Post # 1
it was the 80’s/90’s, etc and the internet, blogs, forums, etc weren’t available to them?!? I booked all my vendors based on the knot, reviews on wedding wire, etc….did these people just go to to a phone book or something? I bet wedding planning was way less stressful back then when you didn’t have perfect weddings on every single blog that you felt like you had to compare to!!!
Post # 3
@AshleyM623: Exactly, I’m sure it was so much less stressful cos you wouldn’t have been torturing yourself with all these beautiful pictures!
Post # 3
They were also MUCH less complex unless you were a big time socialite. MOST people had cake and punch in a VFW/church fellowship hall. The whole idea of a blow out party is a relativly new idea to the middle class.
Post # 4
@chasesgirl: Depends how far back you go. If we’re talking hundreds of years then yeah. But 30 years ago weddings were a big deal for the middle class and all the resources that we have weren’t available. I agree, OP, that wouldn’t have been nearly as fun. I have NO creative vision, I really have to see it. The astonomical amount of photos on the internet has been a huge help.
Post # 5
@thursdayschild: I can agree with this. My mom and dad were very middle class when they married, and they had a nice church ceremony followed by a big reception in a hall complete with photographer, videographer, dancing, etc.
To the OP… I asked my mom how she planned years ago and she said it was easy! You just did the very basics and didn’t have to compare to anyone else.
That must have been so nice 🙂 No second guessing on centrepieces or themes or invites or flowers cause you only had what you had!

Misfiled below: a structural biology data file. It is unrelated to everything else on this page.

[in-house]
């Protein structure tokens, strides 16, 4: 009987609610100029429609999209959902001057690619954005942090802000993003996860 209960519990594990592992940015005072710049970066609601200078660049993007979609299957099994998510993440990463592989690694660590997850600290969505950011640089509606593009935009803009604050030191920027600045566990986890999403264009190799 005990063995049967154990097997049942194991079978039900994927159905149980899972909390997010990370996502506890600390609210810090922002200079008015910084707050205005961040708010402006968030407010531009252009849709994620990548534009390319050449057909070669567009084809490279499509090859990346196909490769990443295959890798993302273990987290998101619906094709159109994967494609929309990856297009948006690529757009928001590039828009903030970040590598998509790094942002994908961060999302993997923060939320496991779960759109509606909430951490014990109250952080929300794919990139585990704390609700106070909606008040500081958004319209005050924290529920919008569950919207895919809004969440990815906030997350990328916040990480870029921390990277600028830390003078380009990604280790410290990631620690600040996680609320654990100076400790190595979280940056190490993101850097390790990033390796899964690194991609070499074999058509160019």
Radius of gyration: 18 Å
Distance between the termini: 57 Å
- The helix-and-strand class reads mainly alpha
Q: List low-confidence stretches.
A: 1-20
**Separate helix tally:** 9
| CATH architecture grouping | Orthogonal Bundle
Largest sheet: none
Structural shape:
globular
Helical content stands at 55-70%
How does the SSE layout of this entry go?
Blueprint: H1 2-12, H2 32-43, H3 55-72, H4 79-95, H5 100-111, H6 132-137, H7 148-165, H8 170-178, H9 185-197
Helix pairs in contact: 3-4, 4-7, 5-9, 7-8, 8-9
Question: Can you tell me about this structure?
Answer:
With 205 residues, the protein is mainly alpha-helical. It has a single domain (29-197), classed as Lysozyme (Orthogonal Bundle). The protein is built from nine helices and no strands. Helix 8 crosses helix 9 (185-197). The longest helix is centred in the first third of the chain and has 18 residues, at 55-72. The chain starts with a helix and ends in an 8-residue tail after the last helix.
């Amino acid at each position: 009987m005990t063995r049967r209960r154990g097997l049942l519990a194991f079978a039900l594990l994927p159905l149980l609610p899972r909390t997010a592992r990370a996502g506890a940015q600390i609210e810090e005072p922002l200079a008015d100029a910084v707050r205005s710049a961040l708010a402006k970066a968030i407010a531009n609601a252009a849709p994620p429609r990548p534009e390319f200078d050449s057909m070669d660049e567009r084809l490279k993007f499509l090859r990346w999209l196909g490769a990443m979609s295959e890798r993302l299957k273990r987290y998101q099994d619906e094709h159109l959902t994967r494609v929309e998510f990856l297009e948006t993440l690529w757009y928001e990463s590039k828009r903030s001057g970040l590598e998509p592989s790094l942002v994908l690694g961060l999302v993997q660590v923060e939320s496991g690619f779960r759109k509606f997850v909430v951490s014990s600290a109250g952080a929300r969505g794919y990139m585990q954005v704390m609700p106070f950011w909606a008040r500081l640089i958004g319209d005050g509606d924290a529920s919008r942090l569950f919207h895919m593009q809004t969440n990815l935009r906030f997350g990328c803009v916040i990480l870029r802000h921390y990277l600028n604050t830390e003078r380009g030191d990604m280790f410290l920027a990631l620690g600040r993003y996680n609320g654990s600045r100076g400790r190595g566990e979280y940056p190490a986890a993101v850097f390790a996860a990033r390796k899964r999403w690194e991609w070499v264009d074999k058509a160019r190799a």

Post # 6
I actually planned a wedding back in 1977. And the experience was quite different from planning one in 2009.
For one thing, a lot of the things we treat as a matter of course–programs, DIY invitations, etc.–were not possible before computers. Registries could really only be for a particular store in a particular town, so they were pretty much useless for people with guests coming from all over.
Not only could you not find reviews, it was much harder even to find out who the vendors in another town were. So, for example, my in-laws picked out the restaurant where we had our reception, because we lived in a different area and didn’t know the restaurants there.
The inspiration one can get from the Internet has been a mixed bag. On the one hand, it has increased the options. On the other hand, some couples get so hung up on the big splashy weddings they see online that they are far less satisfied with a wedding they can actually afford, so the average price of a wedding has gone up even faster than the rate of inflation.